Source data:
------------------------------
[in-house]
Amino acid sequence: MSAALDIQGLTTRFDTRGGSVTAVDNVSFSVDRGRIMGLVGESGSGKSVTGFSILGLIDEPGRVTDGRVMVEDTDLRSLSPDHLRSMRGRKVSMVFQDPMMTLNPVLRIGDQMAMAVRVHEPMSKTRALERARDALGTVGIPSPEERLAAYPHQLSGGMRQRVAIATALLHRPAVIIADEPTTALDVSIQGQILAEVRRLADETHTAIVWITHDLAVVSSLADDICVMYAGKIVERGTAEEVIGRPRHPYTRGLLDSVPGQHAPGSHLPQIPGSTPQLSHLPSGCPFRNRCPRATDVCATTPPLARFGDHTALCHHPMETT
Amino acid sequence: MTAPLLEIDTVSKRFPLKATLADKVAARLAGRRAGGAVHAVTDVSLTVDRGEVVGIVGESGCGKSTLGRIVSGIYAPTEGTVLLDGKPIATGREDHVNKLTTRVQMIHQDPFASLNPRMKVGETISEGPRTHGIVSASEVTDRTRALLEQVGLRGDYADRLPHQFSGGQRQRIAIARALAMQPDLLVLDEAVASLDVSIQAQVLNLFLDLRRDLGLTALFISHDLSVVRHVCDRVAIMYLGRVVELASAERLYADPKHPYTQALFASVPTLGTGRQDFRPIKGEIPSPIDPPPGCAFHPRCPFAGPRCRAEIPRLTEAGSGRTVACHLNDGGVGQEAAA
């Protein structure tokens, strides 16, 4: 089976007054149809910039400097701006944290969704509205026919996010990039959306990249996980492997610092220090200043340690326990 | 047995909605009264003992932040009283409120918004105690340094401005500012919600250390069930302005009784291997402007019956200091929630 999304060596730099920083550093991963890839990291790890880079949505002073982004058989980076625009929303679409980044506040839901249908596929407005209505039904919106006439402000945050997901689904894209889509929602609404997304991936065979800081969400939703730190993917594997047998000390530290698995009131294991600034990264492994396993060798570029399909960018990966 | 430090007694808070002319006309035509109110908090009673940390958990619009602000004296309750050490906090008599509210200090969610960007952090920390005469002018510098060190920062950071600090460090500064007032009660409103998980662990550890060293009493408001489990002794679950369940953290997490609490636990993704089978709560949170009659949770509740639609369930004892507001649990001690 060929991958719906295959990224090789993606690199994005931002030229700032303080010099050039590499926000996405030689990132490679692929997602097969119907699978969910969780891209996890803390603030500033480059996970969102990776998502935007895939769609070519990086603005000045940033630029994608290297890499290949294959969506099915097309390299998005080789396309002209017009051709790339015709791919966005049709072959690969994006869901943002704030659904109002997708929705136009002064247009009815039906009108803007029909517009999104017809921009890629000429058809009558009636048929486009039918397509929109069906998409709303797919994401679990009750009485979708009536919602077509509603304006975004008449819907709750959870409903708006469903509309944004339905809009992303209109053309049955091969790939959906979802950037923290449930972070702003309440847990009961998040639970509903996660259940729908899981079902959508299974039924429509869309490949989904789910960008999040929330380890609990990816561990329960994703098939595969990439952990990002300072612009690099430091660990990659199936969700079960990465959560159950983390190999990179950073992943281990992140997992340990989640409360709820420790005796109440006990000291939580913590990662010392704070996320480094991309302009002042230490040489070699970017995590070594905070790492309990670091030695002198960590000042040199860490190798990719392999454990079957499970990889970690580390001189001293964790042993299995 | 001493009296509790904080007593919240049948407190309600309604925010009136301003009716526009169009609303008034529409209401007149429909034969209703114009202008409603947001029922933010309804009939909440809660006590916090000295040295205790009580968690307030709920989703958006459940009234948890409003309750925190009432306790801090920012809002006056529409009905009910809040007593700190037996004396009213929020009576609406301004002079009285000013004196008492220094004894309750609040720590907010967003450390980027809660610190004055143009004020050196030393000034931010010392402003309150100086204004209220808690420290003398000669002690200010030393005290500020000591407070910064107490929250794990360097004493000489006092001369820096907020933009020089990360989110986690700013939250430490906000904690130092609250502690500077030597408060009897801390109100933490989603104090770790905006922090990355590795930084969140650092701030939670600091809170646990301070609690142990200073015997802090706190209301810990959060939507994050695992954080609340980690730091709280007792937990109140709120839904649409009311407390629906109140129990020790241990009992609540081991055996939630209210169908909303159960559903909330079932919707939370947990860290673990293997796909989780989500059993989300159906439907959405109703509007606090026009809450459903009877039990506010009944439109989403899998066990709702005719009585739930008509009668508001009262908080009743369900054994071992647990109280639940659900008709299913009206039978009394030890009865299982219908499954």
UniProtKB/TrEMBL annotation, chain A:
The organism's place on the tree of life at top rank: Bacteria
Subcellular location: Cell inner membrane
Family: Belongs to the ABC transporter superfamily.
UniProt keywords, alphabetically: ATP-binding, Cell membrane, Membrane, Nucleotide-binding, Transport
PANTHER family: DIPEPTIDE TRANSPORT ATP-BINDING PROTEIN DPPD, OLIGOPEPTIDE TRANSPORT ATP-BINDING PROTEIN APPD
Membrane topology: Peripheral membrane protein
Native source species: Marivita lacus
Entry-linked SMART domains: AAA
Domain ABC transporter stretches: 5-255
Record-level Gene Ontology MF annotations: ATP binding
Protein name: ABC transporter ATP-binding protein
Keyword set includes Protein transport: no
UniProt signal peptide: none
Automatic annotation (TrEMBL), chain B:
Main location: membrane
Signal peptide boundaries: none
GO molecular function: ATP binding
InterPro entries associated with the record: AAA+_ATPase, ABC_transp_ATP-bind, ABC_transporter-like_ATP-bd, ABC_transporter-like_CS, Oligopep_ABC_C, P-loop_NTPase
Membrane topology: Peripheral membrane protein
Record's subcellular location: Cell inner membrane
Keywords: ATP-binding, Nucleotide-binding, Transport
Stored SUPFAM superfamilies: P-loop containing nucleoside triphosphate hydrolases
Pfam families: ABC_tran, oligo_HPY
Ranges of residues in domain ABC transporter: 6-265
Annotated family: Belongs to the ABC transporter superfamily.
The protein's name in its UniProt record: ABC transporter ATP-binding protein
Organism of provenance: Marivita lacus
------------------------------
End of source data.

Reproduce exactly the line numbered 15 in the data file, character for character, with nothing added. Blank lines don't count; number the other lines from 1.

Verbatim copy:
Record-level Gene Ontology MF annotations: ATP binding